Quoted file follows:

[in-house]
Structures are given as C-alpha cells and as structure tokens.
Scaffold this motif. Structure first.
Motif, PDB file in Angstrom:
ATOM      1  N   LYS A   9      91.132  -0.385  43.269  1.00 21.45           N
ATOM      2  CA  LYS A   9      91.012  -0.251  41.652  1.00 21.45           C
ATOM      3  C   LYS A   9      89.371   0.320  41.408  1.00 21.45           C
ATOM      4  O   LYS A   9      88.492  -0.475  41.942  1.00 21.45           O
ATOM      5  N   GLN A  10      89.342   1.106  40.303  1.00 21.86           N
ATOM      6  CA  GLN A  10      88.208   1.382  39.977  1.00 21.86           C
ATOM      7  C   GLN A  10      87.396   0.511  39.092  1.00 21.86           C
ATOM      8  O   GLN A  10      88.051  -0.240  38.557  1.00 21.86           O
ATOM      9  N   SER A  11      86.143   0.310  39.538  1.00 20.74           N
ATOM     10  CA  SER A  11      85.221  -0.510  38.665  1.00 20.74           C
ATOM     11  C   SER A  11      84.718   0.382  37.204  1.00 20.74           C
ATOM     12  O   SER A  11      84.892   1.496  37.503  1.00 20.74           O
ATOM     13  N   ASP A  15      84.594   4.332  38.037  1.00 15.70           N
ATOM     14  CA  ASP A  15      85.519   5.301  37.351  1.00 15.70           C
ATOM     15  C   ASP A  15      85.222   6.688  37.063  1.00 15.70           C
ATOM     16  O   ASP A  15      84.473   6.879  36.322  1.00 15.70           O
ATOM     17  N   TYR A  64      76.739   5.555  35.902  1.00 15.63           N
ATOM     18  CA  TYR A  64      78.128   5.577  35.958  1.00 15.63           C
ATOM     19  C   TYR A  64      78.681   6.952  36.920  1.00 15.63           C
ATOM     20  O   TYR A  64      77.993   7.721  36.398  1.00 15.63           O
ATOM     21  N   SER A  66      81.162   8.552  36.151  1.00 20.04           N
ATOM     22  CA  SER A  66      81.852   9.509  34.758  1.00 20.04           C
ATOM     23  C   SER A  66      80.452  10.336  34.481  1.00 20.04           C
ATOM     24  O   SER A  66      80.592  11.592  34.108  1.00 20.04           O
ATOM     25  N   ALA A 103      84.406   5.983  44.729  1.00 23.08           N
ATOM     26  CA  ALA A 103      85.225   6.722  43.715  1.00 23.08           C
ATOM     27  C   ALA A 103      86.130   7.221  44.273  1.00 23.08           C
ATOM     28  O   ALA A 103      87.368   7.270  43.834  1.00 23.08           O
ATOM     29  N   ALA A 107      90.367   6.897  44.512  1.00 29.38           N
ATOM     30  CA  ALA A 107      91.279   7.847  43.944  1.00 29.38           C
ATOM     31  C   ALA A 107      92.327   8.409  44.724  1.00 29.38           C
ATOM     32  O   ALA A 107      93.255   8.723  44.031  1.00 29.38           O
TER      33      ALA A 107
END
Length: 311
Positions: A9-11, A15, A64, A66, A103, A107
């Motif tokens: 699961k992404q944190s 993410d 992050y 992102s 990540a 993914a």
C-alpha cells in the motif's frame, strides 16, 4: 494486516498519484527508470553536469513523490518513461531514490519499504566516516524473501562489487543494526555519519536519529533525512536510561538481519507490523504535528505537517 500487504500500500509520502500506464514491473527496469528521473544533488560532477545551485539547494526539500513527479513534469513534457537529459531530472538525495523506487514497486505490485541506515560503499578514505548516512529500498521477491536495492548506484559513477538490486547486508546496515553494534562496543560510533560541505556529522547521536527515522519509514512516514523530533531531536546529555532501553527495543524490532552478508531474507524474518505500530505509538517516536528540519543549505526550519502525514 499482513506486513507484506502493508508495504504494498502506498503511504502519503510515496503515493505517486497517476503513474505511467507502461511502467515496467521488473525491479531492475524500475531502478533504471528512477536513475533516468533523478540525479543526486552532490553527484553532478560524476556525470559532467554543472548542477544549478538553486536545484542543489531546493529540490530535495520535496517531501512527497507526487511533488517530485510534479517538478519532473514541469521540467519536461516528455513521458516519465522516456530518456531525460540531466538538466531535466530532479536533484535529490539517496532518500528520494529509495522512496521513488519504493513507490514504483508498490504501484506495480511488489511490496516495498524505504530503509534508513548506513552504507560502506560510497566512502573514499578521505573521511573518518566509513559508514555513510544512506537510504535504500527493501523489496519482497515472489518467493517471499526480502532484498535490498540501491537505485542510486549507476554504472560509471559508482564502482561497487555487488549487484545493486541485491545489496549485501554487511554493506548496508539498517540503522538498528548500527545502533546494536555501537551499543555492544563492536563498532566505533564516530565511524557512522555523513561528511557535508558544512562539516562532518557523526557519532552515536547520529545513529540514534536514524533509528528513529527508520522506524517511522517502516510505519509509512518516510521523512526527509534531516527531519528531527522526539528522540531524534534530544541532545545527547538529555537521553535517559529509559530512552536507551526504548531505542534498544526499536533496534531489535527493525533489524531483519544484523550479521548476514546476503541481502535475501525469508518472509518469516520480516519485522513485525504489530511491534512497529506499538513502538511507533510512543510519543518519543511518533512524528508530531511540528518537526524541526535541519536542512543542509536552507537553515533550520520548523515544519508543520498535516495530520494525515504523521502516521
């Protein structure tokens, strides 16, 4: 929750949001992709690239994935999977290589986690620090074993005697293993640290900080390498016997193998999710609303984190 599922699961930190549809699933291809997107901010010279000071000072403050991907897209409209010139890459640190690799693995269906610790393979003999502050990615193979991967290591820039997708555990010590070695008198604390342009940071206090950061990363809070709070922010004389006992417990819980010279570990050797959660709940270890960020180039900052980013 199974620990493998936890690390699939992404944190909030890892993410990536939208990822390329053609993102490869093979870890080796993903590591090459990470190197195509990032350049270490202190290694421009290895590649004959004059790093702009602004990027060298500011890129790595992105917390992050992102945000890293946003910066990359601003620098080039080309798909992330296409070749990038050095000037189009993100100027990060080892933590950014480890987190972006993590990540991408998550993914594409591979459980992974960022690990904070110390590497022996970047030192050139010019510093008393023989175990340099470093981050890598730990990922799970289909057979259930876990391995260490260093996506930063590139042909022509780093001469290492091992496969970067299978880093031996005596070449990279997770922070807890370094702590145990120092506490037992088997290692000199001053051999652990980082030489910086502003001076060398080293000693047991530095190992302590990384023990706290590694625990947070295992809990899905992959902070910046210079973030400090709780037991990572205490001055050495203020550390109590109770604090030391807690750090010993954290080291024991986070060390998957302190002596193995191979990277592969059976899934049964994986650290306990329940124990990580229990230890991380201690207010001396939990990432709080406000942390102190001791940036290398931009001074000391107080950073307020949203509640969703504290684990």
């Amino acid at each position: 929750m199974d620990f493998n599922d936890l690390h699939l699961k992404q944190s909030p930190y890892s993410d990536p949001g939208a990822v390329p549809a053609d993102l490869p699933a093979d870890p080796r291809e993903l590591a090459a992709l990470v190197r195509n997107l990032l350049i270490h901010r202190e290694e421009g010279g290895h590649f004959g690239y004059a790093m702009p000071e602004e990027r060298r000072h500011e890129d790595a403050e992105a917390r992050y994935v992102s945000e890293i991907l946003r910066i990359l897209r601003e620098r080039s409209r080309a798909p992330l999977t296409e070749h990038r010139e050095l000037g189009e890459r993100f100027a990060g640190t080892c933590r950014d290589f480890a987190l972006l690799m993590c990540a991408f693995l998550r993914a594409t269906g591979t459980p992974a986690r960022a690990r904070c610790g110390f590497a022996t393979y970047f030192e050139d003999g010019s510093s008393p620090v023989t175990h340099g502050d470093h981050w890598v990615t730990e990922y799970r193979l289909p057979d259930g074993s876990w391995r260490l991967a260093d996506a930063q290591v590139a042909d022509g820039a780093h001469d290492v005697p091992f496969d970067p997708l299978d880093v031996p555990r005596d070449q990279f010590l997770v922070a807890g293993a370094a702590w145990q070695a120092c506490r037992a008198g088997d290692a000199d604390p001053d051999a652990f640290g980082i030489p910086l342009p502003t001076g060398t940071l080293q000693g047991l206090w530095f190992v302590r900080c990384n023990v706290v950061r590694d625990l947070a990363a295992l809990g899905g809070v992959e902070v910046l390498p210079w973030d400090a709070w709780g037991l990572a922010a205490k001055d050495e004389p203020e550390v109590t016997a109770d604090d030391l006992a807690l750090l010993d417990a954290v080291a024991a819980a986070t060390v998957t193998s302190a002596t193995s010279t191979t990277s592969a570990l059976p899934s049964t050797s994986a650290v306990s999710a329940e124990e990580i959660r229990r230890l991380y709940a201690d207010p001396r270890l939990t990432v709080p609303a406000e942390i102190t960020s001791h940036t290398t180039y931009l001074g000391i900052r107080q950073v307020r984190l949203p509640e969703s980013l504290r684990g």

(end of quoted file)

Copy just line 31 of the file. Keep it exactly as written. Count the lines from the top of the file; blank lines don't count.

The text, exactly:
ATOM     27  C   ALA A 103      86.130   7.221  44.273  1.00 23.08           C